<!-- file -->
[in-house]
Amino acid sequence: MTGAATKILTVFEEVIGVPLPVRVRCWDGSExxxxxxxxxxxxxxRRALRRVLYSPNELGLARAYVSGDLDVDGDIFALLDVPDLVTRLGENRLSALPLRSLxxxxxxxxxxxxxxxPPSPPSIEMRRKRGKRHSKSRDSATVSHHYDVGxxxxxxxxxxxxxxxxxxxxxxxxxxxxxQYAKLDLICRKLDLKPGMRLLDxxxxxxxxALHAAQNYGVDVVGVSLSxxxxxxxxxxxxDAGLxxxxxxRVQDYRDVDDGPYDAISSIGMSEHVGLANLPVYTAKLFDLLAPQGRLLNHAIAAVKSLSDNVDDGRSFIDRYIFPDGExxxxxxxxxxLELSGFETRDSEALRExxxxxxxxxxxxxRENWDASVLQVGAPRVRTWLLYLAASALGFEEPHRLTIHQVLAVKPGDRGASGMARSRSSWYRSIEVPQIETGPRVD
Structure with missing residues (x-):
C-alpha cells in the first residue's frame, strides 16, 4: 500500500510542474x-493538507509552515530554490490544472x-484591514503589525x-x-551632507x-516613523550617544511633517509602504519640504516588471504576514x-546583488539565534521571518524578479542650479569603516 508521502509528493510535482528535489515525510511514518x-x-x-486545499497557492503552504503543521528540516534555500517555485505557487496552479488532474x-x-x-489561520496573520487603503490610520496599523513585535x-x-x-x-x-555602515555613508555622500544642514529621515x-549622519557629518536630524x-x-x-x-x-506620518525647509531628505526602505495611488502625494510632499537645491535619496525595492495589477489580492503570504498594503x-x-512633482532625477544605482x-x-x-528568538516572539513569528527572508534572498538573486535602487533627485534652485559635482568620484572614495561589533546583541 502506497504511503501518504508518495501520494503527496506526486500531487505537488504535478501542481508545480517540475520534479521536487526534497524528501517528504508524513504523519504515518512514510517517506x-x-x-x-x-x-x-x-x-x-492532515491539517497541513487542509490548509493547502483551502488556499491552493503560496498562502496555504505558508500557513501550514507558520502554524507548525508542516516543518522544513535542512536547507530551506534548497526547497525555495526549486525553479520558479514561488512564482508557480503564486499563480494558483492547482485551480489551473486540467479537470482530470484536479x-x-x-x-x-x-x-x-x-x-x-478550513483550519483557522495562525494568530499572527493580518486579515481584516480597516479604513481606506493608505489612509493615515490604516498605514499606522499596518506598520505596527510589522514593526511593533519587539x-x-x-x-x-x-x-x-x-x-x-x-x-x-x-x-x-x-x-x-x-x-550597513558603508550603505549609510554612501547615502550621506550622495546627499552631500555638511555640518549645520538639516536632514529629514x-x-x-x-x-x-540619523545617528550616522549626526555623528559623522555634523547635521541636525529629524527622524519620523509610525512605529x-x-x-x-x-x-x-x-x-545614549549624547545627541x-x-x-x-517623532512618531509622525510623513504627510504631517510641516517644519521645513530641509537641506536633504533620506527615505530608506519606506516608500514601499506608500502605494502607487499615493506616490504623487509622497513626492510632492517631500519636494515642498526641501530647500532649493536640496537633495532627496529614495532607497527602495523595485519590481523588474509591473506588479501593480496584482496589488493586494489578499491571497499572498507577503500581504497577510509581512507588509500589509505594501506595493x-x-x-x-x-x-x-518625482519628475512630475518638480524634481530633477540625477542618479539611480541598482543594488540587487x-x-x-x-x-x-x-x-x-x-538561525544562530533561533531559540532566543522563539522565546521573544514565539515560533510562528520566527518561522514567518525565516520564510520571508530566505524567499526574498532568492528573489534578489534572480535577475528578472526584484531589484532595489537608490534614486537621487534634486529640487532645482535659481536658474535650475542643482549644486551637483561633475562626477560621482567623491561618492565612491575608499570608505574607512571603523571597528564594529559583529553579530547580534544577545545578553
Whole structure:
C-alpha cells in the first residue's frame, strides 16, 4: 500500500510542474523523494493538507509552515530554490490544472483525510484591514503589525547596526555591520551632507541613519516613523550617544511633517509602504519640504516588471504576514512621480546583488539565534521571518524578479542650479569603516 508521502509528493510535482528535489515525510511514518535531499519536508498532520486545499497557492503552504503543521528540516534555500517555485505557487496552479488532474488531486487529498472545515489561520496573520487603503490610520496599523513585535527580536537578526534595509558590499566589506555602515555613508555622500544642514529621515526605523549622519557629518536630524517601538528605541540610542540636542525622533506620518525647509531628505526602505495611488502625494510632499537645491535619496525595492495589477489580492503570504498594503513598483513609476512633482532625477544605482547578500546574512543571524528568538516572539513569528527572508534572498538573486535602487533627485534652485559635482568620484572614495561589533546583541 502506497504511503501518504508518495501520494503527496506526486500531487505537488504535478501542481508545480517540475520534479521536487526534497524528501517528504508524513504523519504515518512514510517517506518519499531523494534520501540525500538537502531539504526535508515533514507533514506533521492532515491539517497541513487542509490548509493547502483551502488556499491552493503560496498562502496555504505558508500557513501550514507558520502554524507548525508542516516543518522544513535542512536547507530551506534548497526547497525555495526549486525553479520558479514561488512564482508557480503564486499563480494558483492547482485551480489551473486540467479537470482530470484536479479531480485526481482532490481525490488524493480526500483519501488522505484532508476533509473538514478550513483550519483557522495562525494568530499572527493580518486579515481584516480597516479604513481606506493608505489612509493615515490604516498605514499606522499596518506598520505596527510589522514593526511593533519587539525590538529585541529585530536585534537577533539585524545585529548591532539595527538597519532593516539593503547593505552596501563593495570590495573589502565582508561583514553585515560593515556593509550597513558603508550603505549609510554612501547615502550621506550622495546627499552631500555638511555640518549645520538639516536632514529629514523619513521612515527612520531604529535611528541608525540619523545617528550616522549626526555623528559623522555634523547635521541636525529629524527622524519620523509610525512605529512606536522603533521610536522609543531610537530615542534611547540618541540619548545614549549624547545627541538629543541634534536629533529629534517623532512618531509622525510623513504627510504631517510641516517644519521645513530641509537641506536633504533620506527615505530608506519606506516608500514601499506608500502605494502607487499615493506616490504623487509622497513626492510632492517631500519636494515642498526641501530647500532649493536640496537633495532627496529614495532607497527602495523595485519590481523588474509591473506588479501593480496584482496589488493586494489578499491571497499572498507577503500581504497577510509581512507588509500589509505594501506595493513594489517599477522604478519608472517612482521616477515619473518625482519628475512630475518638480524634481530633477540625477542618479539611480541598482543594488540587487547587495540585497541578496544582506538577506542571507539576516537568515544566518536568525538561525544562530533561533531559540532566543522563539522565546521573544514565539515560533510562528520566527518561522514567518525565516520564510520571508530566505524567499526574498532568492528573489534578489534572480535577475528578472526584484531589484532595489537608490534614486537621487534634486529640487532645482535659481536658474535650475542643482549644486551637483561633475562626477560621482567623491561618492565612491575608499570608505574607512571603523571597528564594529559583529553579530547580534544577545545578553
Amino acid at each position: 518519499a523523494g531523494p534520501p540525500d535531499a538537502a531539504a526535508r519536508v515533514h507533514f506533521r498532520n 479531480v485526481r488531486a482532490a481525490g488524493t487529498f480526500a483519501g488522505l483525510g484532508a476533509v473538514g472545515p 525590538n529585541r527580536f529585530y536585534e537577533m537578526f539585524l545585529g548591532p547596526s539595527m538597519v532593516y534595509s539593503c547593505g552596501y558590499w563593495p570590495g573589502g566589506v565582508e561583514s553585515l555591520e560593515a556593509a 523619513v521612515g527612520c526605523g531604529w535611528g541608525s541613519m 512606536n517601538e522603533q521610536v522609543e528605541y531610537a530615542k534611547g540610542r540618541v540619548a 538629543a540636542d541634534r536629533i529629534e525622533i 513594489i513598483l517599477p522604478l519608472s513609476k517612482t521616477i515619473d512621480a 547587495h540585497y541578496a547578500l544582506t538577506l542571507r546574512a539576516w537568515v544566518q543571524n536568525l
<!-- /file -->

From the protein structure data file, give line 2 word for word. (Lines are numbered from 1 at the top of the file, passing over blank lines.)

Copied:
Amino acid sequence: MTGAATKILTVFEEVIGVPLPVRVRCWDGSExxxxxxxxxxxxxxRRALRRVLYSPNELGLARAYVSGDLDVDGDIFALLDVPDLVTRLGENRLSALPLRSLxxxxxxxxxxxxxxxPPSPPSIEMRRKRGKRHSKSRDSATVSHHYDVGxxxxxxxxxxxxxxxxxxxxxxxxxxxxxQYAKLDLICRKLDLKPGMRLLDxxxxxxxxALHAAQNYGVDVVGVSLSxxxxxxxxxxxxDAGLxxxxxxRVQDYRDVDDGPYDAISSIGMSEHVGLANLPVYTAKLFDLLAPQGRLLNHAIAAVKSLSDNVDDGRSFIDRYIFPDGExxxxxxxxxxLELSGFETRDSEALRExxxxxxxxxxxxxRENWDASVLQVGAPRVRTWLLYLAASALGFEEPHRLTIHQVLAVKPGDRGASGMARSRSSWYRSIEVPQIETGPRVD